Over the past three decades women’s median income has increased 63%, and now more than a third of working wives earn more than their husbands. It’s no surprise when, although they were once discouraged from pursuing higher education, women now surpass men in achievement of bachelor’s and master’s degrees.
Across sectors, women continue earning only 82 cents for every dollar earned by men, but more and more they are landing high-paying professional jobs and narrowing the gap. An analysis of the median weekly earnings of full-time American workers in 2011 by occupation and gender, as tracked by the U.S. Bureau of Labor Statistics, shows the top 20 jobs where women are earning the most. All require some college and most are concentrated in health care, science and technology, and business fields.
At No. 1, pharmacist is the best-paying job for women, where they earn a median of $1,898 a week or approximately $99,000 a year. Women comprise more than half (56%) of all pharmacists and earn nearly as a much as men in the job. Moreover, the field offers more than 10,000 annual openings and is expected to grow 25% by 2020.
“Pharmacy is known for paying very well straight out of school and all the way through your career,” says Katie Bardaro, lead economist at compensation research firm PayScale. “It’s a very good return on investment in terms of money and time spent on education.”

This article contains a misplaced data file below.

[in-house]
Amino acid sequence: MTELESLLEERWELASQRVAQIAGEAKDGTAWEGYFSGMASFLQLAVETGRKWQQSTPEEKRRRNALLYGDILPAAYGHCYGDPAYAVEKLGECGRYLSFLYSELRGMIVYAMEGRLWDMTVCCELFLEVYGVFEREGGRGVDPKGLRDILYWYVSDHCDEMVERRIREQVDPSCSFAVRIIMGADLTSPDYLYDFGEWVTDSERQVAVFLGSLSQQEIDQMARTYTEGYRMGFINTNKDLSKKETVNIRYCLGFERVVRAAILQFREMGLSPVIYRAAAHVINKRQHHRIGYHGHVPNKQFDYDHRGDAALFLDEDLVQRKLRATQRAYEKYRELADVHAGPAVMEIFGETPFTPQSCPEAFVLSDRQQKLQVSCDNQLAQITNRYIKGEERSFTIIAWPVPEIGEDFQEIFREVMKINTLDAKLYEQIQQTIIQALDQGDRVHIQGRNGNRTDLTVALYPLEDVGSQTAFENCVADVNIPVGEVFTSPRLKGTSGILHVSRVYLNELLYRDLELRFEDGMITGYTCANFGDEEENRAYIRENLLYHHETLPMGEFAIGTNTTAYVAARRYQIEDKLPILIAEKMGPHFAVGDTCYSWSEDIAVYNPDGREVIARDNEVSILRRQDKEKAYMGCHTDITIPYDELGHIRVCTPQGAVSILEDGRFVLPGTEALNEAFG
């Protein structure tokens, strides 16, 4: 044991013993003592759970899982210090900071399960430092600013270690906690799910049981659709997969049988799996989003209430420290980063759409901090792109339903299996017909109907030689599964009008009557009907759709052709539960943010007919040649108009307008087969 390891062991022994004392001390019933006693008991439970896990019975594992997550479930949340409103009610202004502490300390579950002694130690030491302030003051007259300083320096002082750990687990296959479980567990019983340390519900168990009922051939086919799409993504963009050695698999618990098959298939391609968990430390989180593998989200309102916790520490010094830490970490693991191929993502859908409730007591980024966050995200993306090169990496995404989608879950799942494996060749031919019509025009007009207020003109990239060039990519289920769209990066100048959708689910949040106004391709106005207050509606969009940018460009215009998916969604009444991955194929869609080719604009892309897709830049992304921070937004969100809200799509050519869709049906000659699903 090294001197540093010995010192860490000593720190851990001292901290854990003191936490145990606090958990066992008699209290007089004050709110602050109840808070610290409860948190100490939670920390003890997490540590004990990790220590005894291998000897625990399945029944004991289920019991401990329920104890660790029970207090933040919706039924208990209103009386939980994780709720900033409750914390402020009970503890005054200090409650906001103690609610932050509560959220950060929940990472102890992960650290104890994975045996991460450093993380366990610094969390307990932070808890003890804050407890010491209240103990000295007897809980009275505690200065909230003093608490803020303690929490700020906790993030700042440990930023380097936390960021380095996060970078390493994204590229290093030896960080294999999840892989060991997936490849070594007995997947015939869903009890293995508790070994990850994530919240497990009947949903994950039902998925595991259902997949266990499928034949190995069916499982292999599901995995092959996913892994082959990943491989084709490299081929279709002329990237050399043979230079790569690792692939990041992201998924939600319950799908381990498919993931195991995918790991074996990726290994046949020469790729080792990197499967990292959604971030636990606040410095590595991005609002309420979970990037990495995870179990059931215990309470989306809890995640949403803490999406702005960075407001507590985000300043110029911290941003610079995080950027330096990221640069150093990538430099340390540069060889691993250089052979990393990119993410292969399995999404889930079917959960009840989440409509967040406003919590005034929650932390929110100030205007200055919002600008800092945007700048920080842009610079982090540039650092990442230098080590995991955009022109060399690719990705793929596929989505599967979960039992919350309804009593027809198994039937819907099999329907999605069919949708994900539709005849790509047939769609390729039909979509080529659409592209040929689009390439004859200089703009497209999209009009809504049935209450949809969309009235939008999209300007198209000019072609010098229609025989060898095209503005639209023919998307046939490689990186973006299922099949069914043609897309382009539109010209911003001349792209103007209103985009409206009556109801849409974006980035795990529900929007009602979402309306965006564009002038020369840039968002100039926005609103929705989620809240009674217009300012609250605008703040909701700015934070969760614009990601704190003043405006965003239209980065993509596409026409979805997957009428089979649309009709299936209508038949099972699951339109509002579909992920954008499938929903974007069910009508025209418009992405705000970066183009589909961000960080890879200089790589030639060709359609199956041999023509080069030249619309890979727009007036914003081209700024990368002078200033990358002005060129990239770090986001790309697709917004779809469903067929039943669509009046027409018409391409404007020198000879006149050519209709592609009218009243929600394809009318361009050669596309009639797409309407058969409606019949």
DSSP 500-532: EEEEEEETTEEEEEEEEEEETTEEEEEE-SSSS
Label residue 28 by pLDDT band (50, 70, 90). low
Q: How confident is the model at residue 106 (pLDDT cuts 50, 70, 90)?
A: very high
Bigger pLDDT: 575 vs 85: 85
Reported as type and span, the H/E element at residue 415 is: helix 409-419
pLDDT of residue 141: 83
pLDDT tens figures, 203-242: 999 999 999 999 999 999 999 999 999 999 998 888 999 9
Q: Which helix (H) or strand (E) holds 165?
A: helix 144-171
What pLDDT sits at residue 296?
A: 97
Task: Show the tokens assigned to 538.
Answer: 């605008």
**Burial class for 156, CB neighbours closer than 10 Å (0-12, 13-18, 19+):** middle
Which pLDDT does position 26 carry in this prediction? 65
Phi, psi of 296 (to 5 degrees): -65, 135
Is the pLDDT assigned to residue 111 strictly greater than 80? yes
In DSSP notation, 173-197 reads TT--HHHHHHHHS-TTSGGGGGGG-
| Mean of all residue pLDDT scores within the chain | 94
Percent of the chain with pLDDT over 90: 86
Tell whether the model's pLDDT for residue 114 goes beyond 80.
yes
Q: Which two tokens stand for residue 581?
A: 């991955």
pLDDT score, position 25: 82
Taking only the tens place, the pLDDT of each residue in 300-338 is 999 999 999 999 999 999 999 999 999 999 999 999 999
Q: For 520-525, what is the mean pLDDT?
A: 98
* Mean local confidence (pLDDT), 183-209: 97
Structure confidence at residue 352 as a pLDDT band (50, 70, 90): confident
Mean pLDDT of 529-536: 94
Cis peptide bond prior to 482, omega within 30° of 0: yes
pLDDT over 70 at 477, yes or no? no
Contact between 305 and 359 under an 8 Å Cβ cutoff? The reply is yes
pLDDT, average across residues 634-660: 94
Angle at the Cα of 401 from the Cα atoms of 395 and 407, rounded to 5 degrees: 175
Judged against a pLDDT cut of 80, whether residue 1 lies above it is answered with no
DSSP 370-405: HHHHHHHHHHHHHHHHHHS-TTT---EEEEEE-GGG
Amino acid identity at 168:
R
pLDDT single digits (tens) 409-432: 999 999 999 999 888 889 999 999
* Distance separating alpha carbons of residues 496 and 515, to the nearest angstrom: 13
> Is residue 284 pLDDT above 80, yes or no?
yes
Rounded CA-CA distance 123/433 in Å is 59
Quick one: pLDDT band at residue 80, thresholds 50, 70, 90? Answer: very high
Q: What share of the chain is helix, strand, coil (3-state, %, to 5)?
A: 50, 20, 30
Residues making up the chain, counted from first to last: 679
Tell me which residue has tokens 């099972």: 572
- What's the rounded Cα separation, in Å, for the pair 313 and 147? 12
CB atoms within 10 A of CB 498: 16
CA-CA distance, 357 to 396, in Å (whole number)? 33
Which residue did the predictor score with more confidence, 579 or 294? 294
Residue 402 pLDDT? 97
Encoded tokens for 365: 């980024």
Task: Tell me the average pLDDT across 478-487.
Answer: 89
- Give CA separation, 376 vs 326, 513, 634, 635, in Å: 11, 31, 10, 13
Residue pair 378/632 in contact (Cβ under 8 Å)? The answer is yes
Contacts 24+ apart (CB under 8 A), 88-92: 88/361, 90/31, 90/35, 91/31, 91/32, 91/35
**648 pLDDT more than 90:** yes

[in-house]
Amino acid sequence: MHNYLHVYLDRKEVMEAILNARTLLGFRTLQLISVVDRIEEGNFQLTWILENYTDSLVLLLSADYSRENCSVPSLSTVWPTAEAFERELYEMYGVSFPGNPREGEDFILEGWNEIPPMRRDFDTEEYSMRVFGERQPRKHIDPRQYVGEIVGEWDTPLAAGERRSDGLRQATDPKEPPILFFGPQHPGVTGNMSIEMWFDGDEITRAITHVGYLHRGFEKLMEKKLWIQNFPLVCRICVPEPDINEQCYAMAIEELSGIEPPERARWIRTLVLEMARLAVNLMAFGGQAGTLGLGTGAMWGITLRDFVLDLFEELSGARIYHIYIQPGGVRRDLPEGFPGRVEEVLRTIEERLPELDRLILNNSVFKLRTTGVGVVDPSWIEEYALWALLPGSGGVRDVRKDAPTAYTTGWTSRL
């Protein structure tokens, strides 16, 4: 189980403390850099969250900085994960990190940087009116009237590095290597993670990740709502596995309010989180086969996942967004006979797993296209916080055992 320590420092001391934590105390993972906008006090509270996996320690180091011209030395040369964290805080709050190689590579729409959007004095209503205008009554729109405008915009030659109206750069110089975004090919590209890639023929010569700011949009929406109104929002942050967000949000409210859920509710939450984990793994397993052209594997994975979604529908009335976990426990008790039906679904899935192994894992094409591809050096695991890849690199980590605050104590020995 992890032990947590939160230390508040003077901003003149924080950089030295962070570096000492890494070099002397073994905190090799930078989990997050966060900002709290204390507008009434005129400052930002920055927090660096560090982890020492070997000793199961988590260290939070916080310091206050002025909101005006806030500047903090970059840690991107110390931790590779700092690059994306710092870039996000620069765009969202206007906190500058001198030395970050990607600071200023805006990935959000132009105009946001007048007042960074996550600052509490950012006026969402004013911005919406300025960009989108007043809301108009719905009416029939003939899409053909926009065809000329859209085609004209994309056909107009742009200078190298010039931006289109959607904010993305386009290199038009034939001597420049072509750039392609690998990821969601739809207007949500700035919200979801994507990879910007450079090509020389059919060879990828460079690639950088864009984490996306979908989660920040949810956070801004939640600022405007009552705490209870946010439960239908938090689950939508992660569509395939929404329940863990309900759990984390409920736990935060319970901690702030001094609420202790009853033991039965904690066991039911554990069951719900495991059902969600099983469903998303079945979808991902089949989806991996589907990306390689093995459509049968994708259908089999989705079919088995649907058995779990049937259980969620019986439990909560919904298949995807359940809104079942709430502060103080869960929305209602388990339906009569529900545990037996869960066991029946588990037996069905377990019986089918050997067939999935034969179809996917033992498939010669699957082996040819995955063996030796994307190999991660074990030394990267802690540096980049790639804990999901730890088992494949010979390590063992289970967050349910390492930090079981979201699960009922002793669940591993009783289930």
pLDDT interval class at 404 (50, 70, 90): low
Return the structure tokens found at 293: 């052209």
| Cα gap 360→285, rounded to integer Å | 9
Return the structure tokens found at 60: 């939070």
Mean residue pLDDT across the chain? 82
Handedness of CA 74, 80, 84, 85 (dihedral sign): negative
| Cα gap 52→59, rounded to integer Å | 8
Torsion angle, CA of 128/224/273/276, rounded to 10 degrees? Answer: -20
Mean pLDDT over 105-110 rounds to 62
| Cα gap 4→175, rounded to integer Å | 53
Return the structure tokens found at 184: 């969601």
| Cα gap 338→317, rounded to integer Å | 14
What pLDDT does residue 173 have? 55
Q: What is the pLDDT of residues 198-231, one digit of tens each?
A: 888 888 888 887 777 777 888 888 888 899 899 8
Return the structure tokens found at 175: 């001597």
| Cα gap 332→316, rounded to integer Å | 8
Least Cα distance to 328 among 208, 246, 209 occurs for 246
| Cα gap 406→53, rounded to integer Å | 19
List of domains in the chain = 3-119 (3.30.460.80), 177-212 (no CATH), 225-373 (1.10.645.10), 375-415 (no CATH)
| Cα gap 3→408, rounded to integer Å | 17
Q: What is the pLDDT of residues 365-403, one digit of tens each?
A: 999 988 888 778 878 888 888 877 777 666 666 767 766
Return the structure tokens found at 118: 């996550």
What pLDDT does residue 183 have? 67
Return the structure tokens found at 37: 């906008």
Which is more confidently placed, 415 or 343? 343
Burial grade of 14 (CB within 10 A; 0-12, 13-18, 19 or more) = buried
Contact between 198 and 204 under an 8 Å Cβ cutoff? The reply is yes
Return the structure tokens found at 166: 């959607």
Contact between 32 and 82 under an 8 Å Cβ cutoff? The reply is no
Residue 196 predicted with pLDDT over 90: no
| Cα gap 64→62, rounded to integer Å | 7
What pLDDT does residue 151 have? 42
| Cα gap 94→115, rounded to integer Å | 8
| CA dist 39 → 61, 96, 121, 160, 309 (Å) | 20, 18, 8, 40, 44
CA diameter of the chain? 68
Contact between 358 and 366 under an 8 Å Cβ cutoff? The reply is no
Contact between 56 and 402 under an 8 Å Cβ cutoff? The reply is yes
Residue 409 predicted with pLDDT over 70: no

While pharmacists must achieve a four-year professional degree and pass licensing exams, physicians and surgeons attend four years of medical school and complete three to eight years of internship and residency. Yet, for women, doctor comes in as the fourth highest paying job—behind pharmacists, lawyers (No. 2) and computer and information systems managers (No. 3)—with median weekly earnings of $1,527 or about $79,000 a year. They also earn 21% less than male doctors.
Bardaro explains that physicians face a much wider range of specialty and practice type. Men trend toward high-risk, high-paying areas like plastic and brain surgery, she says, while women are more likely to move into lower-paying specialties like general practice and pediatrics.
See all 20 jobs and complete Forbes article